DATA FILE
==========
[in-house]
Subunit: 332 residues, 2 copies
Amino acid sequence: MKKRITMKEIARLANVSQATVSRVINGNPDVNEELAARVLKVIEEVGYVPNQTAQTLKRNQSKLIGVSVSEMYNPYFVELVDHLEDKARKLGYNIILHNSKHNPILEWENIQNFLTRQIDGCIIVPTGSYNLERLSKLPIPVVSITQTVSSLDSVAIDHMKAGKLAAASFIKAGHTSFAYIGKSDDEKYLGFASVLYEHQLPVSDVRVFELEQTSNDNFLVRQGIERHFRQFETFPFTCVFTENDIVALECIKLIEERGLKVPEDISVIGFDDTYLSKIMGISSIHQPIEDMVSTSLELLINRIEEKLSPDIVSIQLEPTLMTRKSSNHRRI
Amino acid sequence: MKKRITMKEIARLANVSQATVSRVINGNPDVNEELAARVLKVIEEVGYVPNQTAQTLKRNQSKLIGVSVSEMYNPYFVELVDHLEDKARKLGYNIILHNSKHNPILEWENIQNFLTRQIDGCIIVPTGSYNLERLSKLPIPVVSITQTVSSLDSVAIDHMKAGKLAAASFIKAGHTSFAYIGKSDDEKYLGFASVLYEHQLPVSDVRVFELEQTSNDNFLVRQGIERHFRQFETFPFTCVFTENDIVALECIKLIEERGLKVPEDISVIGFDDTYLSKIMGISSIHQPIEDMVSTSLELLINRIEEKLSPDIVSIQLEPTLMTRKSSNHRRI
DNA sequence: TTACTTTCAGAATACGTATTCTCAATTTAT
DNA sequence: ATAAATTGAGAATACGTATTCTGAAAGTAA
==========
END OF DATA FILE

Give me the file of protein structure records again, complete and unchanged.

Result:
[in-house]
Subunit: 332 residues, 2 copies
Amino acid sequence: MKKRITMKEIARLANVSQATVSRVINGNPDVNEELAARVLKVIEEVGYVPNQTAQTLKRNQSKLIGVSVSEMYNPYFVELVDHLEDKARKLGYNIILHNSKHNPILEWENIQNFLTRQIDGCIIVPTGSYNLERLSKLPIPVVSITQTVSSLDSVAIDHMKAGKLAAASFIKAGHTSFAYIGKSDDEKYLGFASVLYEHQLPVSDVRVFELEQTSNDNFLVRQGIERHFRQFETFPFTCVFTENDIVALECIKLIEERGLKVPEDISVIGFDDTYLSKIMGISSIHQPIEDMVSTSLELLINRIEEKLSPDIVSIQLEPTLMTRKSSNHRRI
Amino acid sequence: MKKRITMKEIARLANVSQATVSRVINGNPDVNEELAARVLKVIEEVGYVPNQTAQTLKRNQSKLIGVSVSEMYNPYFVELVDHLEDKARKLGYNIILHNSKHNPILEWENIQNFLTRQIDGCIIVPTGSYNLERLSKLPIPVVSITQTVSSLDSVAIDHMKAGKLAAASFIKAGHTSFAYIGKSDDEKYLGFASVLYEHQLPVSDVRVFELEQTSNDNFLVRQGIERHFRQFETFPFTCVFTENDIVALECIKLIEERGLKVPEDISVIGFDDTYLSKIMGISSIHQPIEDMVSTSLELLINRIEEKLSPDIVSIQLEPTLMTRKSSNHRRI
DNA sequence: TTACTTTCAGAATACGTATTCTCAATTTAT
DNA sequence: ATAAATTGAGAATACGTATTCTGAAAGTAA